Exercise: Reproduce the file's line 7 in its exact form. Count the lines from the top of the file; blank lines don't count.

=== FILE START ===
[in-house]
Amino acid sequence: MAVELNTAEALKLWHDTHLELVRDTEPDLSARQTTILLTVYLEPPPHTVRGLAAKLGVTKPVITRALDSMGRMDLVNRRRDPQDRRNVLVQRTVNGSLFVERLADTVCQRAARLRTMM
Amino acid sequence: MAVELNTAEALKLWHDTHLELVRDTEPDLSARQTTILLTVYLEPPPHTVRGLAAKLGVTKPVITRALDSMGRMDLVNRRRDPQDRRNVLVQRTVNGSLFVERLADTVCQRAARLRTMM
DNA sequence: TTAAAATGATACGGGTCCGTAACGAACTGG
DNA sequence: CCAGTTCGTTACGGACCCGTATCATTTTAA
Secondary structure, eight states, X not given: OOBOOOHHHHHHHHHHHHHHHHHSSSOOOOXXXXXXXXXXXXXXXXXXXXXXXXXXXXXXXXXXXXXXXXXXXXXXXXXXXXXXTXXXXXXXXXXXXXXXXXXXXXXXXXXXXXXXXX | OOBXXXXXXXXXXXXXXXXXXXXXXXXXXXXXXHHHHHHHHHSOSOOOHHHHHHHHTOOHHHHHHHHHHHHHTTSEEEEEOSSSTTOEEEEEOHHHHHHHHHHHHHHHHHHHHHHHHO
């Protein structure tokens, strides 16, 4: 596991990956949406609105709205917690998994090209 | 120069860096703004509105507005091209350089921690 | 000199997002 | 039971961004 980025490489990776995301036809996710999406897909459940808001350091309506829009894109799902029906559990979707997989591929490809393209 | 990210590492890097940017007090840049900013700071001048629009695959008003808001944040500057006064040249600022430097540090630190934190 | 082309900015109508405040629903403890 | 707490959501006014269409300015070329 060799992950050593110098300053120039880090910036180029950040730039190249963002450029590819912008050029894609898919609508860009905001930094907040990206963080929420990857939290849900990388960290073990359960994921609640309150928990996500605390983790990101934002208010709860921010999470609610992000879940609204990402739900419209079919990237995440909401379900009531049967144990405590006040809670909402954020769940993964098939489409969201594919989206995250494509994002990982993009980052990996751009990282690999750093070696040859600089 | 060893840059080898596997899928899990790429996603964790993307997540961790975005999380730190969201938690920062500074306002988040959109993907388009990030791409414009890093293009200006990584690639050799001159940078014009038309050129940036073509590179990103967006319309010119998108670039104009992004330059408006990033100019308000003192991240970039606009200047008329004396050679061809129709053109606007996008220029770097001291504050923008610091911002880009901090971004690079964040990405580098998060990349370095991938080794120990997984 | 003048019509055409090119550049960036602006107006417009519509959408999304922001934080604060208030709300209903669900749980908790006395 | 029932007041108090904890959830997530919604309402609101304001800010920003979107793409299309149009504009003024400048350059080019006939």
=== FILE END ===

């Protein structure tokens, strides 16, 4: 596991990956949406609105709205917690998994090209 | 120069860096703004509105507005091209350089921690 | 000199997002 | 039971961004 980025490489990776995301036809996710999406897909459940808001350091309506829009894109799902029906559990979707997989591929490809393209 | 990210590492890097940017007090840049900013700071001048629009695959008003808001944040500057006064040249600022430097540090630190934190 | 082309900015109508405040629903403890 | 707490959501006014269409300015070329 060799992950050593110098300053120039880090910036180029950040730039190249963002450029590819912008050029894609898919609508860009905001930094907040990206963080929420990857939290849900990388960290073990359960994921609640309150928990996500605390983790990101934002208010709860921010999470609610992000879940609204990402739900419209079919990237995440909401379900009531049967144990405590006040809670909402954020769940993964098939489409969201594919989206995250494509994002990982993009980052990996751009990282690999750093070696040859600089 | 060893840059080898596997899928899990790429996603964790993307997540961790975005999380730190969201938690920062500074306002988040959109993907388009990030791409414009890093293009200006990584690639050799001159940078014009038309050129940036073509590179990103967006319309010119998108670039104009992004330059408006990033100019308000003192991240970039606009200047008329004396050679061809129709053109606007996008220029770097001291504050923008610091911002880009901090971004690079964040990405580098998060990349370095991938080794120990997984 | 003048019509055409090119550049960036602006107006417009519509959408999304922001934080604060208030709300209903669900749980908790006395 | 029932007041108090904890959830997530919604309402609101304001800010920003979107793409299309149009504009003024400048350059080019006939």